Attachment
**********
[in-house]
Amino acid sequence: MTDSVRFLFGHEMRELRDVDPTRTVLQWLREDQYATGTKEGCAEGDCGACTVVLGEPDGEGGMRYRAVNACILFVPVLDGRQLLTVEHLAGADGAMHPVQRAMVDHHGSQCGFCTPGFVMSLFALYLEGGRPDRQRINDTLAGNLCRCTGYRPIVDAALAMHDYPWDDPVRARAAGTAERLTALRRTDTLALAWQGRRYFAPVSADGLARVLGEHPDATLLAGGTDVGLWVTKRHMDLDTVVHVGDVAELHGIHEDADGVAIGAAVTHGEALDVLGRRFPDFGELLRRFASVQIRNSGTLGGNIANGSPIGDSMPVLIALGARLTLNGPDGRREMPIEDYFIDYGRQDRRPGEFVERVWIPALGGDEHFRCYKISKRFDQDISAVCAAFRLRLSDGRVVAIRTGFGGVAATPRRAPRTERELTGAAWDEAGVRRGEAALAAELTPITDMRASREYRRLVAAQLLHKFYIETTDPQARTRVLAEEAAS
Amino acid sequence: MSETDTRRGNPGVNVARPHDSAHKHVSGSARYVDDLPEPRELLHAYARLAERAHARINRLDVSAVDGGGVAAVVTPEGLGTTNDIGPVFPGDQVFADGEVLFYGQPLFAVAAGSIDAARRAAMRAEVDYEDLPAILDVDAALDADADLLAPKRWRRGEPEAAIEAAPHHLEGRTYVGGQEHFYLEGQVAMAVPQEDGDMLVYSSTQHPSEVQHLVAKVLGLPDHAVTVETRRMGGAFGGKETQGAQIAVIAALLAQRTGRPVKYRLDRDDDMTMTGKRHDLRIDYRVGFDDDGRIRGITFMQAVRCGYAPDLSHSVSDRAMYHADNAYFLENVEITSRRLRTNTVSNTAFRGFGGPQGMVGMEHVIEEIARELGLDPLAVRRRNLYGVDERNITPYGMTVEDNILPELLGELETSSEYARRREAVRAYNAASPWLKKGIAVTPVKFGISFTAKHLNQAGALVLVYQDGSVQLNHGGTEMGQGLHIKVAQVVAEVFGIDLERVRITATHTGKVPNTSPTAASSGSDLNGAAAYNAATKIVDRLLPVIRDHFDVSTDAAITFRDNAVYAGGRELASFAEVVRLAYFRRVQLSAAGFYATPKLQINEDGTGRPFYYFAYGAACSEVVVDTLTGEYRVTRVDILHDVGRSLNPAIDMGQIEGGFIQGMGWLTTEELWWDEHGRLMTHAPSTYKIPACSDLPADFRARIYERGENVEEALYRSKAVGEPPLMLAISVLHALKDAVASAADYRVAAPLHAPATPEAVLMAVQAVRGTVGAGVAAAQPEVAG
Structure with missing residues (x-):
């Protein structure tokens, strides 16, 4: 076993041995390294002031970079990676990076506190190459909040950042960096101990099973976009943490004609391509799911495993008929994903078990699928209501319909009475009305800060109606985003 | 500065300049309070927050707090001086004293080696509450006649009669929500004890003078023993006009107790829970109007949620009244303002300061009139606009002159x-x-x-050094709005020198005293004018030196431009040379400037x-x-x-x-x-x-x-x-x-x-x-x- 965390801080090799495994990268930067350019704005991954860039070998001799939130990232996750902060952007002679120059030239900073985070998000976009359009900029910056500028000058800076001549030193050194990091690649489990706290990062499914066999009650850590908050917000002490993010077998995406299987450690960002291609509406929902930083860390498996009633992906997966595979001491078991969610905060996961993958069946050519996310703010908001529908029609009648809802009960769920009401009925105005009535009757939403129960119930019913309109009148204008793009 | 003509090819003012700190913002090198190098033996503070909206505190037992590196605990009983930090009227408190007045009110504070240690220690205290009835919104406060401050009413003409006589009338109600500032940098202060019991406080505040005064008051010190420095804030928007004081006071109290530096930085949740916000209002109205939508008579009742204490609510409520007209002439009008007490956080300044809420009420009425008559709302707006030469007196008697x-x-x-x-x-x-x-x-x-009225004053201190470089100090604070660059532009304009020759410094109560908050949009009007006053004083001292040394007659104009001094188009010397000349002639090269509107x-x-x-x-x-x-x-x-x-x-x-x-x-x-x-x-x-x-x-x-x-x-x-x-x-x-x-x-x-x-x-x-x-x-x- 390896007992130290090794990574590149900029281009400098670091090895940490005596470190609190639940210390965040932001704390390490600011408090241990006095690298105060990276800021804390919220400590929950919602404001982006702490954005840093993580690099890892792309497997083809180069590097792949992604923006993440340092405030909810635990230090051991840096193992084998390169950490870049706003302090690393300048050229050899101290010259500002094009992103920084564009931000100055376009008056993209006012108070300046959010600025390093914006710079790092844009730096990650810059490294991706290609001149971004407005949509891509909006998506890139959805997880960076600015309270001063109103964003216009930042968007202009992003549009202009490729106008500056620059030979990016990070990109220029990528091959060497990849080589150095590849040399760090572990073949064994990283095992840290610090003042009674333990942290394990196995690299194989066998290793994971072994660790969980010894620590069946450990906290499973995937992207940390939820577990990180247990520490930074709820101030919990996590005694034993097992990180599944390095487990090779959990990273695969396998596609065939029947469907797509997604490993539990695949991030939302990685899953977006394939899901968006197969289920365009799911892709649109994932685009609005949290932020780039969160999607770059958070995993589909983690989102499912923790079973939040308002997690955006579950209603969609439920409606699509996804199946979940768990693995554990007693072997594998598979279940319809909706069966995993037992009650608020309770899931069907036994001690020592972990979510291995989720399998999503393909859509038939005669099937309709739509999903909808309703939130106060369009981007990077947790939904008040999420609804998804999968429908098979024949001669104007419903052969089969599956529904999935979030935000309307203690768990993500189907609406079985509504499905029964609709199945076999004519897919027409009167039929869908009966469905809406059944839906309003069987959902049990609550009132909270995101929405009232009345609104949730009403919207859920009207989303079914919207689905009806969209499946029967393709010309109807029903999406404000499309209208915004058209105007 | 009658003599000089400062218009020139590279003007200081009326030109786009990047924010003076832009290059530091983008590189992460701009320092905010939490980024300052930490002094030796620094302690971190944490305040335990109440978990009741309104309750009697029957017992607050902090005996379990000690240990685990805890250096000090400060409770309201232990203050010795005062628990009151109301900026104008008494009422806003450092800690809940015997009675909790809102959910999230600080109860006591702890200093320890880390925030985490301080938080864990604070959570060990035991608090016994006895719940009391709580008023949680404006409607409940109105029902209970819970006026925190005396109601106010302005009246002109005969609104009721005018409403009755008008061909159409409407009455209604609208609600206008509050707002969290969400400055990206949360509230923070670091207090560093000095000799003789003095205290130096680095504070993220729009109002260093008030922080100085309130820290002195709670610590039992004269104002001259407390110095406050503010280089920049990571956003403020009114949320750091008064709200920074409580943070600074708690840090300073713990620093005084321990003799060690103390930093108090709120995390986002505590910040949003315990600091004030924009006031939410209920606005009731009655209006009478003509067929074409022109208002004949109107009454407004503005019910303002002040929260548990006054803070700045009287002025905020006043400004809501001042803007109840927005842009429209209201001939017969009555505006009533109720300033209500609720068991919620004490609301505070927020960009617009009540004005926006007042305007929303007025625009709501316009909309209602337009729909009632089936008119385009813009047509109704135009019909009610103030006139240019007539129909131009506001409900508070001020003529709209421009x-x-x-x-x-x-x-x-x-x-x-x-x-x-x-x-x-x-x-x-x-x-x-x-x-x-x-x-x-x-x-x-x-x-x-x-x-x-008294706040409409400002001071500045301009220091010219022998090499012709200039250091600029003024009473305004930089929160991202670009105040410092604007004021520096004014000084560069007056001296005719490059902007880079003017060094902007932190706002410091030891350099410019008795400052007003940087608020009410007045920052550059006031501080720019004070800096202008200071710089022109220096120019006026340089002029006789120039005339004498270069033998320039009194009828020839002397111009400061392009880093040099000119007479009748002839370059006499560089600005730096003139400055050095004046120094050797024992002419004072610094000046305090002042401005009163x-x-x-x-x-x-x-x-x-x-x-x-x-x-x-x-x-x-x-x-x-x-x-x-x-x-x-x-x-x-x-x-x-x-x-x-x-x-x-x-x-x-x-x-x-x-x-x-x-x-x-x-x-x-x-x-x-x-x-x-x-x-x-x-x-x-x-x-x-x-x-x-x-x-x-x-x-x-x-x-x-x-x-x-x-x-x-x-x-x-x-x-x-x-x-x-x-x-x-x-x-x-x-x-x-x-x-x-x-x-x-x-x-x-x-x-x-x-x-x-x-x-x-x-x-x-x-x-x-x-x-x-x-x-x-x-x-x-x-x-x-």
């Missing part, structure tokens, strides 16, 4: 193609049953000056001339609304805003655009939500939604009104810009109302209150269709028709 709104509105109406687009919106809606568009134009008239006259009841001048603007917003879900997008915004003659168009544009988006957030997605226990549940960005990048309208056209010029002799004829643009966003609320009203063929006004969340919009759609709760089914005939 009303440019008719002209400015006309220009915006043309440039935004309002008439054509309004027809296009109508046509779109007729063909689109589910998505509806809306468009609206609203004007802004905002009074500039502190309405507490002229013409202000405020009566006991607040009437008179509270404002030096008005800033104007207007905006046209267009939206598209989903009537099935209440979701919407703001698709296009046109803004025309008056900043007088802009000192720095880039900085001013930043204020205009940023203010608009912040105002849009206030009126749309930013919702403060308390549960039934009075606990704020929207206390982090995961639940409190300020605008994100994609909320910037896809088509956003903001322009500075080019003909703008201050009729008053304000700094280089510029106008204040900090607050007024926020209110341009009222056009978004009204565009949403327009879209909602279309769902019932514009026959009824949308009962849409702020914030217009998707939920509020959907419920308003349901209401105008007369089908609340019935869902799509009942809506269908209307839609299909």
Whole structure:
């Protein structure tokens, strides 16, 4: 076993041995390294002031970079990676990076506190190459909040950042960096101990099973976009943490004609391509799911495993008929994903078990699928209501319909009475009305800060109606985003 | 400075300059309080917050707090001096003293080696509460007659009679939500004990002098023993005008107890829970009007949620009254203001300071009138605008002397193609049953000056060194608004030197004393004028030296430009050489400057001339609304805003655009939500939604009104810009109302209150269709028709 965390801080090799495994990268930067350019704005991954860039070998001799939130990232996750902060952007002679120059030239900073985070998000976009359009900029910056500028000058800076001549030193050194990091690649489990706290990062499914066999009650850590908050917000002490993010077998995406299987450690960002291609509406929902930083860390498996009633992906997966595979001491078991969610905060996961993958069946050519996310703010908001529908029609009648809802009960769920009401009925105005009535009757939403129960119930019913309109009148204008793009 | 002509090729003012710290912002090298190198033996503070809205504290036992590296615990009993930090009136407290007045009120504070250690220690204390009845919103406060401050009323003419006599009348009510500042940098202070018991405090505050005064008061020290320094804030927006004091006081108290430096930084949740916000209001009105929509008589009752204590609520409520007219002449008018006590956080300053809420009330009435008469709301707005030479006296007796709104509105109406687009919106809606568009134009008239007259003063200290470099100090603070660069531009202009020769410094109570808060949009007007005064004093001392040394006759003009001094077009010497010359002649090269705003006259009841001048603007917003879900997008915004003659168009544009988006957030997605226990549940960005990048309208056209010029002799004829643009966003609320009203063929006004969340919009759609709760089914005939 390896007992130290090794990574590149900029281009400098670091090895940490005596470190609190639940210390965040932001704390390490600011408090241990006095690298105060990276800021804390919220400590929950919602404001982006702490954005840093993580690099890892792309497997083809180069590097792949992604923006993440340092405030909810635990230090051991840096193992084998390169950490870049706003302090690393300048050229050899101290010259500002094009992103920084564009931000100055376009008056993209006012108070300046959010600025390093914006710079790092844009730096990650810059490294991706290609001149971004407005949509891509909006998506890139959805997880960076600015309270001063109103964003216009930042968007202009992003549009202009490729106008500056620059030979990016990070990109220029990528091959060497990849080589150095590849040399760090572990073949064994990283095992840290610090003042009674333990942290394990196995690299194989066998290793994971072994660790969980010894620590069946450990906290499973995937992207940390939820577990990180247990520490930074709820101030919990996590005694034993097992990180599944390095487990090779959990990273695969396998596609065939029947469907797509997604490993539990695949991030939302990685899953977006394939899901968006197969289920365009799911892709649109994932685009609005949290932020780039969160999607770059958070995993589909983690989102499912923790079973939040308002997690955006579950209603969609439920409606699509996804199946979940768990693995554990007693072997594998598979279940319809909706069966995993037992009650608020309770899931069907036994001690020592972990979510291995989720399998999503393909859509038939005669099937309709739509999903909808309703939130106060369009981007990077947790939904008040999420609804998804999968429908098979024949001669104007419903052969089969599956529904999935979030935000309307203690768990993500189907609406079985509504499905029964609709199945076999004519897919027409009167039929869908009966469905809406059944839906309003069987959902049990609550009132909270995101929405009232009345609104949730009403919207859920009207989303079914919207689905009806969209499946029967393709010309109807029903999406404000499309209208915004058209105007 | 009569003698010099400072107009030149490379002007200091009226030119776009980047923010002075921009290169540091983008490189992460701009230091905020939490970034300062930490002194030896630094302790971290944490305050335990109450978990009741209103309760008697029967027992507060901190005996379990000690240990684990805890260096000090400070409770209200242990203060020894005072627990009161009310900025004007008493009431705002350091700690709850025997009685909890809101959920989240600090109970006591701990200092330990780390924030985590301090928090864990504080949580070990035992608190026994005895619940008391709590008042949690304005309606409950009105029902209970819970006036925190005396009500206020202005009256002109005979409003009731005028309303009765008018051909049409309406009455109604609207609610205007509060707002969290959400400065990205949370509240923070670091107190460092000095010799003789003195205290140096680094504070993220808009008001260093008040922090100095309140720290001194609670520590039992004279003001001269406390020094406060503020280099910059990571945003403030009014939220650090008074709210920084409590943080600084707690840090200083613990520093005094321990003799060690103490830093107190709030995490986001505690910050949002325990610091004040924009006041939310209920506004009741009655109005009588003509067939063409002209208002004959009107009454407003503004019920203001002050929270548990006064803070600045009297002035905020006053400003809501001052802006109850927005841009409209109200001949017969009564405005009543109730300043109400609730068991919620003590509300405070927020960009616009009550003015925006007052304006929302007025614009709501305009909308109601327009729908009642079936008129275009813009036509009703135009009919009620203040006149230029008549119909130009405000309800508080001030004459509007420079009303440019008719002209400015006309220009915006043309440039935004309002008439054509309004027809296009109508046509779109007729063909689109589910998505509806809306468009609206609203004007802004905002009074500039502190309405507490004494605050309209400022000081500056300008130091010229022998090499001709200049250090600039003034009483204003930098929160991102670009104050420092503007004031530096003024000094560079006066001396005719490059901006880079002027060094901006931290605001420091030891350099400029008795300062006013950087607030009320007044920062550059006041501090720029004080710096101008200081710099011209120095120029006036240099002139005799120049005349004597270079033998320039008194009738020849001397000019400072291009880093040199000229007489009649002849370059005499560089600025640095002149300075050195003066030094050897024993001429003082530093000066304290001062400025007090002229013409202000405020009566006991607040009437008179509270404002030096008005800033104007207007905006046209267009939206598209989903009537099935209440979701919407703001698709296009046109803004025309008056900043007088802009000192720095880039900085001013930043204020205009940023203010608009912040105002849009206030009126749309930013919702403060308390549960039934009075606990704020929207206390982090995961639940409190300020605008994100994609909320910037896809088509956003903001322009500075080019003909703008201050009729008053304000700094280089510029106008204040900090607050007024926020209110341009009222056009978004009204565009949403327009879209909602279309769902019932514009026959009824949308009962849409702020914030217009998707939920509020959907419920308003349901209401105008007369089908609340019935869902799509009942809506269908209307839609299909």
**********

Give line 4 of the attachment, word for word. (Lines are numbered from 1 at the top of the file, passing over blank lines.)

Structure with missing residues (x-):